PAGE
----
inflame

verb
in·​flame | \ in-ˈflām How to pronounce inflame (audio) \
variants: or less commonly
inflamed also enflamed; inflaming also enflaming

Definition of inflame

transitive verb

1a : to excite to excessive or uncontrollable action or feeling especially : to make angry
b : to make more heated or violent : intensify insults served only to inflame the feud
2 : to set on fire : kindle
3 : to cause to redden or grow hot from anger or excitement a face inflamed with passion
4 : to cause inflammation in (bodily tissue)

intransitive verb

1 : to burst into flame
2 : to become excited or angered
3 : to become affected with inflammation

Other Words from inflame

inflamer noun

Examples of inflame in a Sentence

His angry speech inflamed the mob. ideas that inflame the imagination His comments have inflamed an already tense situation. inflaming the passions of the mob a chemical that can inflame the skin
Recent Examples on the Web Beijing had baselessly accused the U.S. and Taiwan of fomenting the Hong Kong protests, so a public announcement about the five could further inflame tensions. Timothy Mclaughlin, The Atlantic, 13 May 2022 Such a move would likely inflame tensions with Washington, which has been anxious to deny China control of the strategically important waterway. Time, 10 May 2022 Humiliating Putin could also inflame patriotic rage among ordinary Russians, who could end up demanding retribution in the form of some face-saving action against NATO. Damon Linker, The Week, 10 May 2022 Woman's Day/Getty Images Please enlighten my mind with truth, inflame my heart with love, inspire my will with courage, enrich my life with service. Elizabeth Berry, Woman's Day, 3 May 2022 Amid fears that customs checks along the Irish border would inflame sectarian tensions, the U.K. and EU agreed to put a customs border in the Irish Sea, between Britain and Northern Ireland. Max Colchester, WSJ, 6 May 2022 Experts suspect that smoking may inflame the sweat glands and cause pustules to form, according to NORD. Fatima Fahs, SELF, 29 Apr. 2022 But the hostilities showed how easily one spark could inflame tensions between two countries whose relations have been fragile since the Taliban took power in Afghanistan last summer. New York Times, 28 Apr. 2022 Their move could further inflame a tortuous debate among scientists over when and how the vaccines’ protection should be bolstered, and for whom. New York Times, 15 Mar. 2022 See More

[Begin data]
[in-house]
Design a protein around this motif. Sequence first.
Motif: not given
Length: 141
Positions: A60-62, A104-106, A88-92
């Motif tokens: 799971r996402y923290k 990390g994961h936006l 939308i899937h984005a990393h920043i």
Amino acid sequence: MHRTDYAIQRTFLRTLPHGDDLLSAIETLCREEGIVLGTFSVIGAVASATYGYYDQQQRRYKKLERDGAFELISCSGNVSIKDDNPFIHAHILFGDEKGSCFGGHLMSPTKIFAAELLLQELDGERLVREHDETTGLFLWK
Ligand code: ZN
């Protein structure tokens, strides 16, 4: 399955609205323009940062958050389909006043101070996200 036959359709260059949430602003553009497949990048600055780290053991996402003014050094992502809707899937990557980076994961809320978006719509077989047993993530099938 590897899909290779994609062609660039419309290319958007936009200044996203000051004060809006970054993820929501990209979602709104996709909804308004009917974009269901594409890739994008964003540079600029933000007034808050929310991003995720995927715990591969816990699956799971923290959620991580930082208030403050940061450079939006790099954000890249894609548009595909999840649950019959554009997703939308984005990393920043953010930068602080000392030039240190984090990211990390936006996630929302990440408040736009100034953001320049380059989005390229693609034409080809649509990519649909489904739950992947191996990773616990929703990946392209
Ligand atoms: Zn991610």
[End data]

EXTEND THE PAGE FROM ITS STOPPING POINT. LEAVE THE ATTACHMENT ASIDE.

These example sentences are selected automatically from various online news sources to reflect current usage of the word 'inflame.' Views expressed in the examples do not represent the opinion of Merriam-Webster or its editors. Send us feedback.

First Known Use of inflame

14th century, in the meaning defined at transitive sense 1a

History and Etymology for inflame

Middle English enflamen, from Anglo-French enflamer, from Latin inflammare, from in- + flamma flame

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Time Traveler for inflame

Time Traveler

The first known use of inflame was in the 14th century

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Dictionary Entries Near inflame

in flagrante delicto

inflame

inflamingly

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Statistics for inflame

Last Updated

24 May 2022

Cite this Entry

“Inflame.” Merriam-Webster.com Dictionary, Merriam-Webster, https://www.merriam-webster.com/dictionary/inflame. Accessed 26 May. 2022.

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More Definitions for inflame

inflame

verb
in·​flame | \ in-ˈflām \
inflamed; inflaming

Kids Definition of inflame

1 : to make more active, excited, angry, or violent His words inflamed the crowd.
2 : to cause to redden or grow hot (as from anger)
3 : to make or become sore, red, and swollen The chemical can inflame the skin.

inflame

verb
in·​flame | \ in-ˈflām How to pronounce inflame (audio) \
inflamed; inflaming

Medical Definition of inflame

transitive verb

: to cause inflammation in (bodily tissue) inflame the sinuses

intransitive verb

: to become affected with inflammation

More from Merriam-Webster on inflame

Nglish: Translation of inflame for Spanish Speakers

Britannica English: Translation of inflame for Arabic Speakers

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